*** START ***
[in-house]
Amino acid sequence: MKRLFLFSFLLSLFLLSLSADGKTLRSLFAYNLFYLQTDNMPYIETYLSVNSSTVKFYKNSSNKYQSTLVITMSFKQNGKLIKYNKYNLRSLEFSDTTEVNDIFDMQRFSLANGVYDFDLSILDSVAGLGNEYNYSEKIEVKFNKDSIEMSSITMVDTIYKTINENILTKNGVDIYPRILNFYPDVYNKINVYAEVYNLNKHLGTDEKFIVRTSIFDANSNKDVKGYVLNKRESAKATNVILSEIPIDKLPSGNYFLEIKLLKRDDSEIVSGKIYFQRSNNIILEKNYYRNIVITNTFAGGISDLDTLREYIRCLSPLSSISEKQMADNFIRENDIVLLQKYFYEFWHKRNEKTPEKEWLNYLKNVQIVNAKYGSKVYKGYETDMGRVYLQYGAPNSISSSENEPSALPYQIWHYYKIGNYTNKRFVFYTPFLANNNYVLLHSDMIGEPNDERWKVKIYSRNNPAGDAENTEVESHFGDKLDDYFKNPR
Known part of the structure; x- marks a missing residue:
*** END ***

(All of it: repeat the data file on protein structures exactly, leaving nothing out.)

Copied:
[in-house]
Amino acid sequence: MKRLFLFSFLLSLFLLSLSADGKTLRSLFAYNLFYLQTDNMPYIETYLSVNSSTVKFYKNSSNKYQSTLVITMSFKQNGKLIKYNKYNLRSLEFSDTTEVNDIFDMQRFSLANGVYDFDLSILDSVAGLGNEYNYSEKIEVKFNKDSIEMSSITMVDTIYKTINENILTKNGVDIYPRILNFYPDVYNKINVYAEVYNLNKHLGTDEKFIVRTSIFDANSNKDVKGYVLNKRESAKATNVILSEIPIDKLPSGNYFLEIKLLKRDDSEIVSGKIYFQRSNNIILEKNYYRNIVITNTFAGGISDLDTLREYIRCLSPLSSISEKQMADNFIRENDIVLLQKYFYEFWHKRNEKTPEKEWLNYLKNVQIVNAKYGSKVYKGYETDMGRVYLQYGAPNSISSSENEPSALPYQIWHYYKIGNYTNKRFVFYTPFLANNNYVLLHSDMIGEPNDERWKVKIYSRNNPAGDAENTEVESHFGDKLDDYFKNPR
Known part of the structure; x- marks a missing residue: